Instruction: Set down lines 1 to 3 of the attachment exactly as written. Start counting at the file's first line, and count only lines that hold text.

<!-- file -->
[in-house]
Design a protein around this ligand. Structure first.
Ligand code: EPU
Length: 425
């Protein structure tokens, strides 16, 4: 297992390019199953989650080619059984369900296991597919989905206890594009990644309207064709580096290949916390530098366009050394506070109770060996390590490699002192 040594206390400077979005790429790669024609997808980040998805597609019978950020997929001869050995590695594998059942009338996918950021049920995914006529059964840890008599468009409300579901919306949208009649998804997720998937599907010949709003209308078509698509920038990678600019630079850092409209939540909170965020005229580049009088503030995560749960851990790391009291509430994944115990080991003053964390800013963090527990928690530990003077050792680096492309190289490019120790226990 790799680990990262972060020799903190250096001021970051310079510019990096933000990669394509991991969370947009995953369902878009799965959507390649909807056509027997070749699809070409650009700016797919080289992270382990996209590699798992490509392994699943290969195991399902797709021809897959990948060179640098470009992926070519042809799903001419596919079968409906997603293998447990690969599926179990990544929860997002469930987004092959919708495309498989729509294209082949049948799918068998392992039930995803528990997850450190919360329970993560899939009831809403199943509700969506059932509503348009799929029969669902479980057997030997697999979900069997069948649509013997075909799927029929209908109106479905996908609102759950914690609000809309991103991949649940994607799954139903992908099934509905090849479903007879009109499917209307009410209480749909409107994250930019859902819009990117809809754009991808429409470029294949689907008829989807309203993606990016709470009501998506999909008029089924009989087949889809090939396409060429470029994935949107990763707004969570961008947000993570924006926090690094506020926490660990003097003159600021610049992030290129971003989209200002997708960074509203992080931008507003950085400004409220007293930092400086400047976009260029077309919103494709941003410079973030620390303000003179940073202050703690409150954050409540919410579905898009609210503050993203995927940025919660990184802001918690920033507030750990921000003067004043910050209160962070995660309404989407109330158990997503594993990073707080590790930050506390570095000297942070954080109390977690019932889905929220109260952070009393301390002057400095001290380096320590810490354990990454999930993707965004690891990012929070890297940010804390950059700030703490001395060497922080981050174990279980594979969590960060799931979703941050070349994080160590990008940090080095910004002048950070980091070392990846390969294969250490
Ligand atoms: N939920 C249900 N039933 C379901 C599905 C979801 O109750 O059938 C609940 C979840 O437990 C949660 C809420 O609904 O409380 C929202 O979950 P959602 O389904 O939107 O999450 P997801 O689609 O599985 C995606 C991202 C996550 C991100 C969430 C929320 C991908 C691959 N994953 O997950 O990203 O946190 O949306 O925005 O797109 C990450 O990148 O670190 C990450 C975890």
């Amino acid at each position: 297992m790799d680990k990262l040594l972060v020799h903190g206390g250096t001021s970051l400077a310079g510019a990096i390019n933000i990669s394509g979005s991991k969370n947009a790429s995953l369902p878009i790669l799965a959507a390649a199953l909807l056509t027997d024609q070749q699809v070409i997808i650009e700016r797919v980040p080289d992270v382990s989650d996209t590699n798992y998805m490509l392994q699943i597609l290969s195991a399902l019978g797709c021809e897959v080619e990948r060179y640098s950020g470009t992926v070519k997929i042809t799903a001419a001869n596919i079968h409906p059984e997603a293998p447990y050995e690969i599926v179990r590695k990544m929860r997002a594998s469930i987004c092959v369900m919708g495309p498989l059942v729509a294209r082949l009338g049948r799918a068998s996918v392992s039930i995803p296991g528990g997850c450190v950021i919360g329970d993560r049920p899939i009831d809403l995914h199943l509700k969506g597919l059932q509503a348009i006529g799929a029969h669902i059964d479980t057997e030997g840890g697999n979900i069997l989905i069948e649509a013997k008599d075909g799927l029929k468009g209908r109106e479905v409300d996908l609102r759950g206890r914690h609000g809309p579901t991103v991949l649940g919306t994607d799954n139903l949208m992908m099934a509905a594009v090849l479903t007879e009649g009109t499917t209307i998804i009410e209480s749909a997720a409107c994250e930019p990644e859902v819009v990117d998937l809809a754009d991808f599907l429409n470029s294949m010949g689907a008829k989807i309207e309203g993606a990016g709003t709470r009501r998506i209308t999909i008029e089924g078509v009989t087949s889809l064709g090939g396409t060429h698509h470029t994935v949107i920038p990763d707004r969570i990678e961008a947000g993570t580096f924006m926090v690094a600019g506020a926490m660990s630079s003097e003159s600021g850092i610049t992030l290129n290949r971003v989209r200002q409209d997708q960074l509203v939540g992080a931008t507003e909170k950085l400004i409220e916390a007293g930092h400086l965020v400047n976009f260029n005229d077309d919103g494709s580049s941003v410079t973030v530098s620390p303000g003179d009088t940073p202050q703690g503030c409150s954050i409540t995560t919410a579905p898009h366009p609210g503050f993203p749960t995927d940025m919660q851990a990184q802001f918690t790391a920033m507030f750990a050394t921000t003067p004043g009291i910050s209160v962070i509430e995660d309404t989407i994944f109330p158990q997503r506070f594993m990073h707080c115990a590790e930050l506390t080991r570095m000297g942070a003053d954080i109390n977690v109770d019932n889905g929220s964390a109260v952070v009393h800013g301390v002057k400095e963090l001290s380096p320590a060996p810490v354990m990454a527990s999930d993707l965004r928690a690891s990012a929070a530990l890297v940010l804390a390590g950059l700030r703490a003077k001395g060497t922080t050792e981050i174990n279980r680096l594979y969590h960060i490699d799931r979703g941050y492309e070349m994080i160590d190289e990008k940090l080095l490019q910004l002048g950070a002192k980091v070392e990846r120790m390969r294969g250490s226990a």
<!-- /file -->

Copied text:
[in-house]
Design a protein around this ligand. Structure first.
Ligand code: EPU